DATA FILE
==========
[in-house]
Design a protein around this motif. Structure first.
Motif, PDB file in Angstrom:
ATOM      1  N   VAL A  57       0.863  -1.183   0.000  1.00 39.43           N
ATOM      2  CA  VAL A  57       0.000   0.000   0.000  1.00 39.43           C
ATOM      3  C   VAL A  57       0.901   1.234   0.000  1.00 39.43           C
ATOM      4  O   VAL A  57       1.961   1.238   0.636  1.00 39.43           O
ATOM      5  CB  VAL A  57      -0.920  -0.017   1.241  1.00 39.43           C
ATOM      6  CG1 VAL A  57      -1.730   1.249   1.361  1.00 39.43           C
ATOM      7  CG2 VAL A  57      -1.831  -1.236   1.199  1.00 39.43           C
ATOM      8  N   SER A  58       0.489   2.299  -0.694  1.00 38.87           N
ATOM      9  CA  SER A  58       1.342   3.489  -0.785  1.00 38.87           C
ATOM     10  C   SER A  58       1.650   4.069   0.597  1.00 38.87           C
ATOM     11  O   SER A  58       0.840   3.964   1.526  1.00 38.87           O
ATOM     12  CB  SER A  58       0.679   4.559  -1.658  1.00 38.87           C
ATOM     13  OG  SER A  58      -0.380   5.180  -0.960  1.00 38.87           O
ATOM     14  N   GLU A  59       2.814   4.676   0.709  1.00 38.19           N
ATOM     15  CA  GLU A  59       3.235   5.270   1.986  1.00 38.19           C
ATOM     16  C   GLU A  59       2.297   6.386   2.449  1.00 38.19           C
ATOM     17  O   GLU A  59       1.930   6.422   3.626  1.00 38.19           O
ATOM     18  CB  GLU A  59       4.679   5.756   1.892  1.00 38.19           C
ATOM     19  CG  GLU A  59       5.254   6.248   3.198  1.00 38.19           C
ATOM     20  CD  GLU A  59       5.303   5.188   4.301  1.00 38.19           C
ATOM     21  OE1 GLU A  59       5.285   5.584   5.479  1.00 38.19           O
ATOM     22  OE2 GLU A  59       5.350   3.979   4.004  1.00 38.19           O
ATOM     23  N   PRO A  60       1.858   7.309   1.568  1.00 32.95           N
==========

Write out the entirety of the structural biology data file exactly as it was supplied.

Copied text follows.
[in-house]
Design a protein around this motif. Structure first.
Motif, PDB file in Angstrom:
ATOM      1  N   VAL A  57       0.863  -1.183   0.000  1.00 39.43           N
ATOM      2  CA  VAL A  57       0.000   0.000   0.000  1.00 39.43           C
ATOM      3  C   VAL A  57       0.901   1.234   0.000  1.00 39.43           C
ATOM      4  O   VAL A  57       1.961   1.238   0.636  1.00 39.43           O
ATOM      5  CB  VAL A  57      -0.920  -0.017   1.241  1.00 39.43           C
ATOM      6  CG1 VAL A  57      -1.730   1.249   1.361  1.00 39.43           C
ATOM      7  CG2 VAL A  57      -1.831  -1.236   1.199  1.00 39.43           C
ATOM      8  N   SER A  58       0.489   2.299  -0.694  1.00 38.87           N
ATOM      9  CA  SER A  58       1.342   3.489  -0.785  1.00 38.87           C
ATOM     10  C   SER A  58       1.650   4.069   0.597  1.00 38.87           C
ATOM     11  O   SER A  58       0.840   3.964   1.526  1.00 38.87           O
ATOM     12  CB  SER A  58       0.679   4.559  -1.658  1.00 38.87           C
ATOM     13  OG  SER A  58      -0.380   5.180  -0.960  1.00 38.87           O
ATOM     14  N   GLU A  59       2.814   4.676   0.709  1.00 38.19           N
ATOM     15  CA  GLU A  59       3.235   5.270   1.986  1.00 38.19           C
ATOM     16  C   GLU A  59       2.297   6.386   2.449  1.00 38.19           C
ATOM     17  O   GLU A  59       1.930   6.422   3.626  1.00 38.19           O
ATOM     18  CB  GLU A  59       4.679   5.756   1.892  1.00 38.19           C
ATOM     19  CG  GLU A  59       5.254   6.248   3.198  1.00 38.19           C
ATOM     20  CD  GLU A  59       5.303   5.188   4.301  1.00 38.19           C
ATOM     21  OE1 GLU A  59       5.285   5.584   5.479  1.00 38.19           O
ATOM     22  OE2 GLU A  59       5.350   3.979   4.004  1.00 38.19           O
ATOM     23  N   PRO A  60       1.858   7.309   1.568  1.00 32.95           N